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The value of ultrasound-guided biopsy of fluorodeoxy-glucose positron emission tomography (FDG-PET)-positive supraclavicular lymph nodes in patients with suspected lung cancer

  • Lennart Werner1,
  • Franziska Aebersold Keller2,
  • Ujwal Bhure1,
  • Justus Egidius Roos1,
  • Katharina Tornquist1,
  • Maria del Sol Pèrez-Lago1,
  • Oliver Gautschi2, 3 and
  • Klaus Strobel1Email author
BMC Medical ImagingBMC series – open, inclusive and trusted201717:41

https://doi.org/10.1186/s12880-017-0214-8

Received: 29 December 2016

Accepted: 3 July 2017

Published: 11 July 2017

Abstract

Background

Accurate lymph node staging is essential for adequate prognostication and therapy planning in patients with non-small cell lung cancer (NSCLC). FDG-PET/CT is a sensitive tool for the detection of metastases, including non-palpable supraclavicular lymph node (SCLN) metastases. Histological proof of metastatic spread and mutation analysis is crucial for optimal staging and therapy. The aim of this study was to investigate the value of ultrasound-guided fine needle aspiration cytology (FNAC) and core biopsy (CB) of FDG active, non-palpable SCLN’s in patients with suspicion for lung cancer.

Methods

Twelve consecutive patients with suspected lung cancer and FDG-positive SCLN underwent FNAC (n = 11) and/or CB (n = 10) and were included and evaluated retrospectively in this study. Cytologic and/or histologic evaluation was performed to confirm initially suspected diagnosis (lung cancer), to confirm N3 stage, and to screen for driver mutations in lung adenocarcinoma.

Results

FNAC alone showed diagnostic success in 11/11 cases (100%), CB alone in 9/10 patients (90%), and the combination of both procedures was successful in 12/12 cases (100%). Lymph node metastases from NSCLC (7 adenocarcinoma, 2 squamous cell carcinoma) could be confirmed in 9 patients. Other diagnoses were small cell lung cancer (SCLC), breast cancer and sarcoidosis. There was enough material for immunhistochemistry in all patients. For molecular testing, material from this lymph node biopsies and lung biopsy was used. In two patients with adenocarcinoma of the lung driver mutations were detected (EGFR Exon 19 deletion and ALK rearrangement) out of the lymph node metastasis.

Conclusions

US-guided combined FNAC and CB of FDG positive supraclavicular lymph nodes in patients with suspected lung cancer is a safe and effective procedure to confirm N3-stage and to obtain representative material for molecular testing.

Keywords

NSCLC PET/CT Supraclavicular lymph nodes US guided biopsy Staging

Background

The diagnosis of supraclavicular lymph node (SCLN) metastases in non-small cell lung cancer (NSCLC) indicates N3 and at least stage IIIB disease and results usually in a non-surgical approach, or even a palliative treatment. Open surgery of SCLN is invasive and might be difficult in small metastatic and non-palpable lymph nodes and is associated with the risk of vascular injuries. FDG-PET/CT enables the visualization of SCLN metastases at a low detection limit of 3–4 mm on the basis of increased FDG uptake [1, 2]. If FDG active SCLN metastases are suspected in PET/CT, US guided biopsy might serve as a minor invasive, clinically very important approach, to confirm metastatic spread and obtain tissue for mutation analysis, especially if no other distant metastases are present. US guided fine needle aspiration cytology (FNAC) of SCLN has been successfully used for years [1, 36]. In the last years, major clinical progress was achieved with the identification of oncogenic driver mutations in tumor tissue followed by targeted systemic therapies in patients with advanced lung adenocarcinoma [710]. Thus, US-guided SCLN biopsy might be very useful for the decision of optimal treatment.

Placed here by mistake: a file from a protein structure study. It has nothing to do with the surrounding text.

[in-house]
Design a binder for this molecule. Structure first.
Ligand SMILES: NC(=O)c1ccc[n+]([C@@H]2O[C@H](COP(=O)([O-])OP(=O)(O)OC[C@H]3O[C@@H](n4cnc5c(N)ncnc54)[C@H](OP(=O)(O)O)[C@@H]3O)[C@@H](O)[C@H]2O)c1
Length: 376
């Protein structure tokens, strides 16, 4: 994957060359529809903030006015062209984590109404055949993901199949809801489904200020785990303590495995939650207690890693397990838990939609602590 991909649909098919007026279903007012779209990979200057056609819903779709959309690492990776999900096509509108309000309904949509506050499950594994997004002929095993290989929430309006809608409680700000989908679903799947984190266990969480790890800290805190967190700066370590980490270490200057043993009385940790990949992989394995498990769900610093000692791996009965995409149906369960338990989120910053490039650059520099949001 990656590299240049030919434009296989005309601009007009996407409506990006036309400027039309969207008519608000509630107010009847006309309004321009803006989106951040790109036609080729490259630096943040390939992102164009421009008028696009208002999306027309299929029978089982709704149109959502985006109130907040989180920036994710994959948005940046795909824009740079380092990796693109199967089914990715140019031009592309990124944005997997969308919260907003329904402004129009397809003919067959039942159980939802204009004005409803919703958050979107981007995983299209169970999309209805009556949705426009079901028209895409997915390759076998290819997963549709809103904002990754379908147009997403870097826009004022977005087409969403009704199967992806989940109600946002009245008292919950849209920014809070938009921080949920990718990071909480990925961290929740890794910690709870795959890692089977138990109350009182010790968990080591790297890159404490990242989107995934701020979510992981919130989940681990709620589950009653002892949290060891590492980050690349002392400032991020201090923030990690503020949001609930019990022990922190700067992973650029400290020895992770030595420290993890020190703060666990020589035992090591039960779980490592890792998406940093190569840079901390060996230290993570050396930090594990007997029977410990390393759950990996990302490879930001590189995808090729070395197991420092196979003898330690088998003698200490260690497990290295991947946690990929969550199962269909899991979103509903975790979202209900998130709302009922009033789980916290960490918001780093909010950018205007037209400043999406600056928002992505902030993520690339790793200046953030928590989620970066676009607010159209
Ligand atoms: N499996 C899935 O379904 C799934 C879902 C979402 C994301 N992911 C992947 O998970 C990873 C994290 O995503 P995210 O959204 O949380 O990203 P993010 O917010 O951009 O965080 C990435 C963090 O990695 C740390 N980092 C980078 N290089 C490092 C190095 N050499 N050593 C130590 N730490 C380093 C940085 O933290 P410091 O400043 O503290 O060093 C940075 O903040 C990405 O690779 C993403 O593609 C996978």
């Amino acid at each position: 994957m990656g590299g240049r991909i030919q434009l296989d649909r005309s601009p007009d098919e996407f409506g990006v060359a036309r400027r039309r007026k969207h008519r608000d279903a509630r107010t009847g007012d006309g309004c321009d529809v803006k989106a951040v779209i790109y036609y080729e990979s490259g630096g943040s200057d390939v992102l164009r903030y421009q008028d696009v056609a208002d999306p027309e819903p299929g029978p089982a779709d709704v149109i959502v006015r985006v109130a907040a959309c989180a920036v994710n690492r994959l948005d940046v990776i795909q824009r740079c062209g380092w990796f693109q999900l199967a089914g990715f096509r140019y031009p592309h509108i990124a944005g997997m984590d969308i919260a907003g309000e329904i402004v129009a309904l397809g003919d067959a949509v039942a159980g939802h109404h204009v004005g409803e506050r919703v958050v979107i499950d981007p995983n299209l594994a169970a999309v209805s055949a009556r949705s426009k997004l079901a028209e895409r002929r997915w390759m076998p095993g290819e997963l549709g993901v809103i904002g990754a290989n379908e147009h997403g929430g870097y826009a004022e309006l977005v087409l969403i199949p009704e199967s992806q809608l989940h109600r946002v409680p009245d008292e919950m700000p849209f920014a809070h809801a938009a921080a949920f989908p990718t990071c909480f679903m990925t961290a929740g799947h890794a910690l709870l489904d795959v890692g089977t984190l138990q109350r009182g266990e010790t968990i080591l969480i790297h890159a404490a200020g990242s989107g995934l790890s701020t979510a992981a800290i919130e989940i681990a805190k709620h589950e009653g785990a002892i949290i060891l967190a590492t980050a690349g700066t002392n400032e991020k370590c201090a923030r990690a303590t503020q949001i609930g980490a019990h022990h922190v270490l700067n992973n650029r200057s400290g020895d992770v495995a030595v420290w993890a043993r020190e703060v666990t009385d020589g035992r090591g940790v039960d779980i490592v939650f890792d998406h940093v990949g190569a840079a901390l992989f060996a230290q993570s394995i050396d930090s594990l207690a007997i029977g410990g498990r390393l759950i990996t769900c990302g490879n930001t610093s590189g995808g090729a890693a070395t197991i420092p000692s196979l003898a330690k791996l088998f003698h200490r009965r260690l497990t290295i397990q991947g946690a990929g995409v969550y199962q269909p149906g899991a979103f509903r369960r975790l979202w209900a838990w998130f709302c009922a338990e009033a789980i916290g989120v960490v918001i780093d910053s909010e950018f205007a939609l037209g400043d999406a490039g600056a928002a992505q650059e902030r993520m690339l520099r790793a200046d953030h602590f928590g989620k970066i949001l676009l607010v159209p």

The aim of this study was to investigate the feasibility, safety and the value of ultrasound-guided fine needle aspiration cytology (FNAC) and core biopsy (CB) of FDG active, non-palpable SCLN’s in patients with suspicion for lung cancer.

Methods

Since June 2012 we routinely implemented to use ultrasound guided core and fine needle biospy for further evaluation of FDG positive non-palpable supraclavicular lymph nodes in patients with suspicion for lung cancer. Before June 2012 suspicious supraclavicular lymph nodes were resected operatively, if palpable, and otherwise were not biopsied at all. Retrospectively, 12 patients (8 male, 4 female) with a mean age of 64,3 years (range 46 - 79 years) with suspicion for lung cancer and FDG active SCN followed by ultrasound guided biopsy between June 2012 and March 2014 were identified by a systematic search in the institutional PET/CT database and included in this study. Four patients had a history of tumors (2 breast cancer, 1 melanoma, 1 urothelial carcinoma of the urethra) other than lung cancer and one patient had two other cancers (prostate and urothelial carcinoma of the urinary bladder). Positive approval of ethics committee was obtained for this study.

In all patients a partial body (skull until midthigh) FDG-PET/CT was performed 60 min. After intraveneous injection of approx. 300 (range 270-330) MBq F18-FDG (Discovery 600, GE Healthcare). Diagnostic chest CT with intraveneous contrast was also available in all patients or added during PET/CT.

In all patients FDG-PET/CT was performed and analyzed in the Picture Archiving and Communication System (PACS) by a doubly board certified radiologist and nuclear medicine physician with 12 years experience in reading PET/CT examinations in tumor patients regarding the presence of a primary lung tumor, lymph node and distant metastases. Supraclavicular lymph nodes of any size with increased FDG uptake (higher than mediastinal background) were diagnosed as suspicious. In all patients ultrasound guided FNAC or CB of PET positive SCLN were performed by a radiologist with 20 years experience in ultrasound guided biopsies.